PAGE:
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How may I encrypt my home folder without using Apple FileVault? Is it possible to create an image of the user folder with DiskImage and mount that as home folder? How to make this.

PS: I can't use Apple FileVault (or at least I couldn't get it to work with a remote connection to OS X Server). I don't want to use any additional software. It has to work with onboard utilities.

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  • apple.stackexchange.com/questions/99646/… seems to cover the same topic, does this help?
    – nohillside
    Sep 9, 2015 at 6:42
  • Let's stick to the problem of encrypting your home folder. If you want help in solving your remote connection issues to OS X Server, please ask a separate question for this.
    – nohillside
    Sep 9, 2015 at 6:43
  • Hi patrix, thank you for the url. O.K. I have understand i can make a DiskImage but how can I mount this as my home folder (/Users/thisfolder)? I have ask a new question to get up and running with File Vault in the Server Version of 10.10.5. Apple Screen Sharing must work but I have no idee to get this work.
    – sm_a
    Sep 9, 2015 at 7:11
  • Problem with encrypting your whole home folder is that sometime during the login process you need to be able to enter the passphrase of the encrypted image (Keychain doesn't help because it is stored within ~/Library). Would it be enough to just encrypt Documents?
    – nohillside
    Sep 9, 2015 at 7:15
  • Thanks for your help patrix. It must the complete home folder (/Users/myuser) while I have in it ssh keys and much more data that must be secured. Greetings Sven
    – sm_a
    Sep 9, 2015 at 7:30

1 Answer 1

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I do this on my own Mac at home with scripts that run at boot and mount a Core Storage volume. I'm on 10.11.6, but the same principles should apply.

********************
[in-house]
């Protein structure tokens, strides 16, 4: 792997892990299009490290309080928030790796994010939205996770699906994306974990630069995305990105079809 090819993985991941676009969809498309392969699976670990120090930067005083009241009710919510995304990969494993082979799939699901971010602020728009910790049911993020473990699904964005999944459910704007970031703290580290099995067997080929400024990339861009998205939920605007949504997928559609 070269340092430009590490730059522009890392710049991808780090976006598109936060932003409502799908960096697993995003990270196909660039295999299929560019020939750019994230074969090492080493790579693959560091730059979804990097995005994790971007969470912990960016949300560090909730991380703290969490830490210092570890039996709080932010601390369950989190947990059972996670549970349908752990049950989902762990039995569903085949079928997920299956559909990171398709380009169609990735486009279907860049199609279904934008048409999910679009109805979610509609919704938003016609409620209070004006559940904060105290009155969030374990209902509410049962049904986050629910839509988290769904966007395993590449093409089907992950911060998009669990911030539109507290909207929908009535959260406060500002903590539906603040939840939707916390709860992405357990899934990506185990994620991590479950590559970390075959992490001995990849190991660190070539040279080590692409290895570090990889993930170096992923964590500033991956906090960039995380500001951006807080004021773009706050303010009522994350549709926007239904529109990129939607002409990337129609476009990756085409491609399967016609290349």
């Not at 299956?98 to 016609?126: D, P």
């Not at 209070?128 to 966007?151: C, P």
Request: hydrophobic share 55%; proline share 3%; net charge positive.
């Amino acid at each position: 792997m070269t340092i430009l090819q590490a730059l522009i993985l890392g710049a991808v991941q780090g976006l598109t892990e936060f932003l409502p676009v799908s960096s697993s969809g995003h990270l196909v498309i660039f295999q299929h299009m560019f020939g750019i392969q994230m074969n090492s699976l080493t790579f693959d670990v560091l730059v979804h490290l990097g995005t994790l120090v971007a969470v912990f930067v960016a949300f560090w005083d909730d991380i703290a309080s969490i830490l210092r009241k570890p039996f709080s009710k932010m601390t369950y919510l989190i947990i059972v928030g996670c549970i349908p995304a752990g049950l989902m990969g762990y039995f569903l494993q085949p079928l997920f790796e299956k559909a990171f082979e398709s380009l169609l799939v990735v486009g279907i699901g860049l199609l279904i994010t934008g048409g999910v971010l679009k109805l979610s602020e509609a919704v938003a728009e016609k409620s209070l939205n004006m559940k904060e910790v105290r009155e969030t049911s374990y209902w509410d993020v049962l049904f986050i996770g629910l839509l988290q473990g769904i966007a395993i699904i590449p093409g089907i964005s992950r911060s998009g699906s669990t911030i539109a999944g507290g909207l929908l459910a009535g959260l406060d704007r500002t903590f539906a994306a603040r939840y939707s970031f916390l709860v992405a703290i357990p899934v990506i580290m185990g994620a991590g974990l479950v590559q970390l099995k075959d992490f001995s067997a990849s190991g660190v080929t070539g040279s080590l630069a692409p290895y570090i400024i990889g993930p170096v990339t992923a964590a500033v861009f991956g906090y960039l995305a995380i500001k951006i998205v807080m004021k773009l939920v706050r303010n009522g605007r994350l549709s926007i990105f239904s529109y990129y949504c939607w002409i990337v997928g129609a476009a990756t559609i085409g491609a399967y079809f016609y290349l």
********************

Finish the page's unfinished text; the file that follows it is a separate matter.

To be clear, FileVault is much simpler, but it is possible to do what you ask. I went down a rabbit hole to get an encrypted $HOME working, and so I still use it, but FileVault is superior in just about every way.

I wrote up an article detailing how I did this. I'd post the vital steps here, but it is a fairly long and involved process.

Here's the gist of it. You need to do the following:

  1. Format a USB drive
  2. Add a keyfile (max 1023 chars) to that drive
  3. Create a core storage volume somewhere
  4. Encrypt that core storage volume with your keyfile
  5. Migrate files to your new encrypted home
  6. Create a Launchd task that runs a mount script on boot
  7. Create that mount script.
    1. The mount script will read the keyfile from your USB drive
    2. The mount script will attempt to unlock your core storage volume using the contents of the keyfile
    3. The mount script must unmount the core storage volume from /Volumes
    4. The mount script must mount the core storage volume to /Users
  8. Unmount the USB drive so the keyfile isn't just sitting there

It took me a lot of trial and error.

There are probably ways to improve my steps like using an exported keychain rather than a plain text keyfile. You could probably also re-define the location of $HOME for your user in System Preferences, but I opted to mount the encrypted home over the normal home so that the path would be standard.

I tried changing $HOME to /Volumes/THE_ENCRYPTED_DRIVE, but I immediately noticed things like my iTunes library were messed up. All the library file references were stale and needed to be updated. That's an example of how screwing with $HOME can get messy.

Really, FileVault would be way easier if you can get it going. If FileVault is not an option, you should check out VeraCrypt, which is a fork of TrueCrypt that was recently audited and seems legit.

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